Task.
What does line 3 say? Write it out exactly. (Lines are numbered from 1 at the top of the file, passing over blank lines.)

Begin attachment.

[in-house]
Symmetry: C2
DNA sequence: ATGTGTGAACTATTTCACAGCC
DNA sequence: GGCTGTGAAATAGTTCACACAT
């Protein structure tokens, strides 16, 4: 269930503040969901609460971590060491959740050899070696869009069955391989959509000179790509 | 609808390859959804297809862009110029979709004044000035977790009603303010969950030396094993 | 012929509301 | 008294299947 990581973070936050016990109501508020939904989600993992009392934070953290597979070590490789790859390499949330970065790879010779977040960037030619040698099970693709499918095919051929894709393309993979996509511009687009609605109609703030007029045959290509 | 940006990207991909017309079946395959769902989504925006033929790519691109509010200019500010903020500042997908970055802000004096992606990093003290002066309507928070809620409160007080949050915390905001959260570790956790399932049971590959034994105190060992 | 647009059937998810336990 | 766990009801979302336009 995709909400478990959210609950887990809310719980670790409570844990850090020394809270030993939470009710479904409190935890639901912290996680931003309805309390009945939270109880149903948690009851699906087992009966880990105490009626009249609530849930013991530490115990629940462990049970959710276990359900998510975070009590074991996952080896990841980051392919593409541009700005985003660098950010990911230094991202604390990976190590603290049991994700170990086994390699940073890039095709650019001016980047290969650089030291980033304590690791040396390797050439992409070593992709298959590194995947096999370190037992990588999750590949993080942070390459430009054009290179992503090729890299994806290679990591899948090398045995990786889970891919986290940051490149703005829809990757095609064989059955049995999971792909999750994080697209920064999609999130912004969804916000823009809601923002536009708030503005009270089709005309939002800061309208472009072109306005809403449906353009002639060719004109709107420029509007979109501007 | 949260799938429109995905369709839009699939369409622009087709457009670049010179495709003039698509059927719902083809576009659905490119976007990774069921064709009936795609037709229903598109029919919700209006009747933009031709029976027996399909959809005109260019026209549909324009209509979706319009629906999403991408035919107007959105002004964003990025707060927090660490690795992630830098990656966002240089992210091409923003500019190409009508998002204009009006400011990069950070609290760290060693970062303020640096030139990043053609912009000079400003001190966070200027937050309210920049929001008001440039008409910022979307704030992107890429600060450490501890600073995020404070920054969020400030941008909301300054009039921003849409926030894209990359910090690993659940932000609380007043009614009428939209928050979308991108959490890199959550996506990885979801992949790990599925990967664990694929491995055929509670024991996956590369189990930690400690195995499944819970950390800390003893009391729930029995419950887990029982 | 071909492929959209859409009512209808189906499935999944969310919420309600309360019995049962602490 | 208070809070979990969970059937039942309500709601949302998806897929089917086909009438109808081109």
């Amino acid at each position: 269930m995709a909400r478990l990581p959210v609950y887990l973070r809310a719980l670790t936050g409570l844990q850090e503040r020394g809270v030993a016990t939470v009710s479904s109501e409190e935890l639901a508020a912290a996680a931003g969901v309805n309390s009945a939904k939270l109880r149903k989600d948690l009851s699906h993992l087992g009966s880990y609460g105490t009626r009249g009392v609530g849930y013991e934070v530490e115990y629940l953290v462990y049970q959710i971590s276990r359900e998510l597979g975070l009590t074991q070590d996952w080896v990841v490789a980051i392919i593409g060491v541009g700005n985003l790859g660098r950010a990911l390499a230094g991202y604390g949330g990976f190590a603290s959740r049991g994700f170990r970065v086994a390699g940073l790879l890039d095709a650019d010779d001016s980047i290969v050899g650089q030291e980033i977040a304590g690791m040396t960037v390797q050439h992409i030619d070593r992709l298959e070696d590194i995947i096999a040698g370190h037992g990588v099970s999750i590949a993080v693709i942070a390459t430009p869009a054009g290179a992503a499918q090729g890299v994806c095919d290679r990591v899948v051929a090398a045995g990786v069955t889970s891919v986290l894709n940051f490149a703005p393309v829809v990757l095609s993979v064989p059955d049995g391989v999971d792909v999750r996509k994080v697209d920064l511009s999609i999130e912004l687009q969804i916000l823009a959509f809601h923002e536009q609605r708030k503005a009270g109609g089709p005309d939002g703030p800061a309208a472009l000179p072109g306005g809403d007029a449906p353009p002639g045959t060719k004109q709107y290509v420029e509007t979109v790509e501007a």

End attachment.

DNA sequence: ATGTGTGAACTATTTCACAGCC